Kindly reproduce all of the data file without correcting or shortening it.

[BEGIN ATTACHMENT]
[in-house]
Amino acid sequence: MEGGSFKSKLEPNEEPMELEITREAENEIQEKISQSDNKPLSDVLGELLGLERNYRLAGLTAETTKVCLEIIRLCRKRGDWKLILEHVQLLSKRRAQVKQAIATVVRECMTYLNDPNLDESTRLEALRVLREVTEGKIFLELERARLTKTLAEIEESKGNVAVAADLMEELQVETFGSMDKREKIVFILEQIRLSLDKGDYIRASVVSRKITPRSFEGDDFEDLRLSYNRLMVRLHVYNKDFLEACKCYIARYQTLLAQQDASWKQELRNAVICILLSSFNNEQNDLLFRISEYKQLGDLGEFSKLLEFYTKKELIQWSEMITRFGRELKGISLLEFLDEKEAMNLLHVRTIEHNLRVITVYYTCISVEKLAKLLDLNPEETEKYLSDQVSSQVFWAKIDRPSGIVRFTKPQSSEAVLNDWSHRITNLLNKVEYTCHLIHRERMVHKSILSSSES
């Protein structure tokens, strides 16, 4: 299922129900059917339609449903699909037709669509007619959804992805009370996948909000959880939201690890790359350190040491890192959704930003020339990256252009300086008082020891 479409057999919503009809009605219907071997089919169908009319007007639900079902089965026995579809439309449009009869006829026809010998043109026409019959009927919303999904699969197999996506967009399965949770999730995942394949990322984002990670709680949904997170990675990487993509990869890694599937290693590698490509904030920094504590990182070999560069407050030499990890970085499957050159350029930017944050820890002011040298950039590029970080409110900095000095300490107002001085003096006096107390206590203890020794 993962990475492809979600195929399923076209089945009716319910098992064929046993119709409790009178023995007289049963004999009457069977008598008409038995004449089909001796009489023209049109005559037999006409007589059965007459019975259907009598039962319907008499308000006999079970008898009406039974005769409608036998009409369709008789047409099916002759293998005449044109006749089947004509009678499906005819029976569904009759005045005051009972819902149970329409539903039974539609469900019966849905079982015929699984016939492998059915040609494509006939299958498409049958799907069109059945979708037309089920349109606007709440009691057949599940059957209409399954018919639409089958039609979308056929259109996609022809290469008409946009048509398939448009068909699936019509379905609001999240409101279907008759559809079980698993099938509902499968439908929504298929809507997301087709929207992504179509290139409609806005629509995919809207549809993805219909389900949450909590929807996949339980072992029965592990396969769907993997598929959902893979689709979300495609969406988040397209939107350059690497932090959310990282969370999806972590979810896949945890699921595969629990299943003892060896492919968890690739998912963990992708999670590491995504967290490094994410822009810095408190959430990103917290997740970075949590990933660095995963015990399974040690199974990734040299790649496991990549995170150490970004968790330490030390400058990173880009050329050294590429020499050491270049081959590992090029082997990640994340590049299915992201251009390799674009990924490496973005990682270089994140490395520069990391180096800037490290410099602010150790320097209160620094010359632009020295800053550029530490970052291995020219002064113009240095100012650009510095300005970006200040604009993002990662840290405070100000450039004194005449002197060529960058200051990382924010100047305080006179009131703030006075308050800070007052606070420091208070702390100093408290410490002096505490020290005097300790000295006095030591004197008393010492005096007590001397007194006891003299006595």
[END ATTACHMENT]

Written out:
[in-house]
Amino acid sequence: MEGGSFKSKLEPNEEPMELEITREAENEIQEKISQSDNKPLSDVLGELLGLERNYRLAGLTAETTKVCLEIIRLCRKRGDWKLILEHVQLLSKRRAQVKQAIATVVRECMTYLNDPNLDESTRLEALRVLREVTEGKIFLELERARLTKTLAEIEESKGNVAVAADLMEELQVETFGSMDKREKIVFILEQIRLSLDKGDYIRASVVSRKITPRSFEGDDFEDLRLSYNRLMVRLHVYNKDFLEACKCYIARYQTLLAQQDASWKQELRNAVICILLSSFNNEQNDLLFRISEYKQLGDLGEFSKLLEFYTKKELIQWSEMITRFGRELKGISLLEFLDEKEAMNLLHVRTIEHNLRVITVYYTCISVEKLAKLLDLNPEETEKYLSDQVSSQVFWAKIDRPSGIVRFTKPQSSEAVLNDWSHRITNLLNKVEYTCHLIHRERMVHKSILSSSES
């Protein structure tokens, strides 16, 4: 299922129900059917339609449903699909037709669509007619959804992805009370996948909000959880939201690890790359350190040491890192959704930003020339990256252009300086008082020891 479409057999919503009809009605219907071997089919169908009319007007639900079902089965026995579809439309449009009869006829026809010998043109026409019959009927919303999904699969197999996506967009399965949770999730995942394949990322984002990670709680949904997170990675990487993509990869890694599937290693590698490509904030920094504590990182070999560069407050030499990890970085499957050159350029930017944050820890002011040298950039590029970080409110900095000095300490107002001085003096006096107390206590203890020794 993962990475492809979600195929399923076209089945009716319910098992064929046993119709409790009178023995007289049963004999009457069977008598008409038995004449089909001796009489023209049109005559037999006409007589059965007459019975259907009598039962319907008499308000006999079970008898009406039974005769409608036998009409369709008789047409099916002759293998005449044109006749089947004509009678499906005819029976569904009759005045005051009972819902149970329409539903039974539609469900019966849905079982015929699984016939492998059915040609494509006939299958498409049958799907069109059945979708037309089920349109606007709440009691057949599940059957209409399954018919639409089958039609979308056929259109996609022809290469008409946009048509398939448009068909699936019509379905609001999240409101279907008759559809079980698993099938509902499968439908929504298929809507997301087709929207992504179509290139409609806005629509995919809207549809993805219909389900949450909590929807996949339980072992029965592990396969769907993997598929959902893979689709979300495609969406988040397209939107350059690497932090959310990282969370999806972590979810896949945890699921595969629990299943003892060896492919968890690739998912963990992708999670590491995504967290490094994410822009810095408190959430990103917290997740970075949590990933660095995963015990399974040690199974990734040299790649496991990549995170150490970004968790330490030390400058990173880009050329050294590429020499050491270049081959590992090029082997990640994340590049299915992201251009390799674009990924490496973005990682270089994140490395520069990391180096800037490290410099602010150790320097209160620094010359632009020295800053550029530490970052291995020219002064113009240095100012650009510095300005970006200040604009993002990662840290405070100000450039004194005449002197060529960058200051990382924010100047305080006179009131703030006075308050800070007052606070420091208070702390100093408290410490002096505490020290005097300790000295006095030591004197008393010492005096007590001397007194006891003299006595």